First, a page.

While retailers have scrambled to open virtual stores, albeit reluctantly, few businesses have as yet turned over a profit from their sites.
However, Web development company Activ Australia believes it can solve the problem.
According to Activ's co-director, Simon Laver, making a profit from an Internet shop boils down to the correct mix of four issues; supply, marketing, distribution and Web design and implementation.
`Issues such as product supply, preparation and pricing are already firmly within the knowledge base of successful experienced retailers with bricks-and-mortar stores.
`Retailers are at a significant advantage to non-retailers when opening online shops because they have refined supply chains, established customers, products of demand and proven marketing strategies.
He said to achieve success online, retailers must advertise and market offline.
Customers listen to radio, watch TV, read newspapers and magazines and see billboard advertising. Hence advertising through these mediums can broaden their marketing reach.
Just as important is an efficient distribution mechanism, Laver said. Those retailers without a distribution model in place have to research the best method of delivering their products within 48 hours to compete.
Laver, whose expertise is in Web development, said the last crucial element is the design of the Web site, which as a guide should contain the following features:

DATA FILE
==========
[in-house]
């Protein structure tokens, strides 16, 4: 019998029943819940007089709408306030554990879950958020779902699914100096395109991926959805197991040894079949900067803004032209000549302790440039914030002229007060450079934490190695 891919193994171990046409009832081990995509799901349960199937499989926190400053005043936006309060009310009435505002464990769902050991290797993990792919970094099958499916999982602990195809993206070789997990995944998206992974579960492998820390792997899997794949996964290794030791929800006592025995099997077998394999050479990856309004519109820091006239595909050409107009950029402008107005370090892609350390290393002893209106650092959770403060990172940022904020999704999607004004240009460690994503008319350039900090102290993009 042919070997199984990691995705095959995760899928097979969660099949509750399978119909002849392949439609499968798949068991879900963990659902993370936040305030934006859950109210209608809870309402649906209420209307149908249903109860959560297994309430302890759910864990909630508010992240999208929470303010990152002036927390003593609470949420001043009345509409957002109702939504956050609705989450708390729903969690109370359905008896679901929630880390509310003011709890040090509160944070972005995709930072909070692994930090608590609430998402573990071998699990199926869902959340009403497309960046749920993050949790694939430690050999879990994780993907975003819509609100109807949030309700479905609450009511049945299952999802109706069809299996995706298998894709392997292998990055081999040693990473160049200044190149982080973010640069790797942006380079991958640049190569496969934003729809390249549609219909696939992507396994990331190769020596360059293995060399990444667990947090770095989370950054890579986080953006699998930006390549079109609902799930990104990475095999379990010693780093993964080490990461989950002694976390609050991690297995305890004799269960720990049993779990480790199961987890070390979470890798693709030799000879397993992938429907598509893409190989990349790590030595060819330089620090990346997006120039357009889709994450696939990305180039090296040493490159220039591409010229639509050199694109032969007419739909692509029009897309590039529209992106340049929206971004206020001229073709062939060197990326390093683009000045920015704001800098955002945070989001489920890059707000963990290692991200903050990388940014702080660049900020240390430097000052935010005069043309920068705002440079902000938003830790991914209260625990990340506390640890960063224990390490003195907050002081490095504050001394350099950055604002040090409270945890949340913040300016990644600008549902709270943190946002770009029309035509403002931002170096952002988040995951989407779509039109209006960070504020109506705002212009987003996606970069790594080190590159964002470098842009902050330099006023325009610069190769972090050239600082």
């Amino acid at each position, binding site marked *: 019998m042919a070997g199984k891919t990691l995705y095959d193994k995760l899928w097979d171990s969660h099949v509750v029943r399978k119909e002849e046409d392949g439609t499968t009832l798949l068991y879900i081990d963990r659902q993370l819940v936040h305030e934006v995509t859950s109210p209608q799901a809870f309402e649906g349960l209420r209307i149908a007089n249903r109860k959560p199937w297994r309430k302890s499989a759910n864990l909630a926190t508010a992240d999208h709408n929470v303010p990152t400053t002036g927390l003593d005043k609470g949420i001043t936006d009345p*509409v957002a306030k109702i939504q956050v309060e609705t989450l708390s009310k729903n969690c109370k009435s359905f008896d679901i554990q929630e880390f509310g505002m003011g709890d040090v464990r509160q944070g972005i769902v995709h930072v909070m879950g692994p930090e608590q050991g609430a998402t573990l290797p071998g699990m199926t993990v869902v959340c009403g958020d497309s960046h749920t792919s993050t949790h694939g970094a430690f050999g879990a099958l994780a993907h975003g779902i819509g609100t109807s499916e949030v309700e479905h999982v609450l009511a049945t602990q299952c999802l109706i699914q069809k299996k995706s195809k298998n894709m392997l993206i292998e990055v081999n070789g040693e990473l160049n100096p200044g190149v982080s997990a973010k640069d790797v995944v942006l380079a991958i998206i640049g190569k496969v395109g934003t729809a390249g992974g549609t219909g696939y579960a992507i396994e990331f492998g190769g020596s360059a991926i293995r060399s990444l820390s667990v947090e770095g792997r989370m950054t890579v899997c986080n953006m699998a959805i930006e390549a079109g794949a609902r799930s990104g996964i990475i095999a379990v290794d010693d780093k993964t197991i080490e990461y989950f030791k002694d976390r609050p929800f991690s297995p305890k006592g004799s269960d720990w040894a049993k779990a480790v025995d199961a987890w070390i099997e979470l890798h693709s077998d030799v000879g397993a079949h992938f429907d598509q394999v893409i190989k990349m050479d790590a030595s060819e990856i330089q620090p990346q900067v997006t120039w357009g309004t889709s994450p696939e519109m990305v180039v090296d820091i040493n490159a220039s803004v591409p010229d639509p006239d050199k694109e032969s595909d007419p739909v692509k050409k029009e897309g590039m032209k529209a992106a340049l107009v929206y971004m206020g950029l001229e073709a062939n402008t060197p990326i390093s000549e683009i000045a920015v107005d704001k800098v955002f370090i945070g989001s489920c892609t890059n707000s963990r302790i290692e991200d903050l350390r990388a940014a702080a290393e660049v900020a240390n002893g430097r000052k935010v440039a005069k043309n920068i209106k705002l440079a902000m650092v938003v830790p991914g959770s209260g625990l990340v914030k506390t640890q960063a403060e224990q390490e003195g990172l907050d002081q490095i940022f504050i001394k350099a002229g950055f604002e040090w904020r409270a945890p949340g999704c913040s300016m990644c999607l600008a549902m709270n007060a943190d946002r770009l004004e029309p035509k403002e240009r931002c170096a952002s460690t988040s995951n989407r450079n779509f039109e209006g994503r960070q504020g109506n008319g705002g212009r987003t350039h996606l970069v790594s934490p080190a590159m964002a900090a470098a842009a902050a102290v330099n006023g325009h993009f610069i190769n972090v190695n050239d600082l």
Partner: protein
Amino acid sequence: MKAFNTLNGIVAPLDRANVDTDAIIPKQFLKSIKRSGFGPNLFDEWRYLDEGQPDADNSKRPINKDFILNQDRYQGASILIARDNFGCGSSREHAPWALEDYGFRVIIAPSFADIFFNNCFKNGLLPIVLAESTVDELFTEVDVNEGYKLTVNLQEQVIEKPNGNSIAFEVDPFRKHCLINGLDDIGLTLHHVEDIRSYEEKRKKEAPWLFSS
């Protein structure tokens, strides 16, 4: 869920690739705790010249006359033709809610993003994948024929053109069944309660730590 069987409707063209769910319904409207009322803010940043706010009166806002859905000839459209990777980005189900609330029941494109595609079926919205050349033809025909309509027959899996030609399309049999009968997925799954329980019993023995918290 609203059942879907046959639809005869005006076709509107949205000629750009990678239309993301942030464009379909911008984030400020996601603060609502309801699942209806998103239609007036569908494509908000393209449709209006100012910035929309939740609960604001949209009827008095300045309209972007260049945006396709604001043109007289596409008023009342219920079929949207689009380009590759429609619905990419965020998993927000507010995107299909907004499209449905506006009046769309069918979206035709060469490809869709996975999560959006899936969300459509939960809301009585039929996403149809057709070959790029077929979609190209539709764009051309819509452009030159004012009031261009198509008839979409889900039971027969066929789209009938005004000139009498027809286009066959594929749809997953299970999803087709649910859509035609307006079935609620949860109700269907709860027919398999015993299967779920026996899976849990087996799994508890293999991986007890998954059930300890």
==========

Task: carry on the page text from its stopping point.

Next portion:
The web software must integrate with existing systems such as billing and warehousingThe site must help the user, be fast, simply presented with clear identifiable images and the layers in the site easily navigatedThe site must be easy to maintain, allowing administration staff to update as requiredThe retailer must implement the best payment gateway for themselves and the customerThe site must protect the security and privacy of customers and the retailerThe retailer must check copyright on products exhibited.
Steve Costi, who is about to launch a virtual online fish shop (see page 32), said he wanted his Web visitors to have the same experience as if they entered a physical shop.
Richard Eastmead, Harvey Norman Internet proprietor, said in his opinion the three major issues for online customers are convenience, value and a trusted brand name of both the retailer and the product.
`The perception of who is at the other end running the site is a big issue for online customers. If they know the name of the retailer and the product they are more likely to buy,' he said.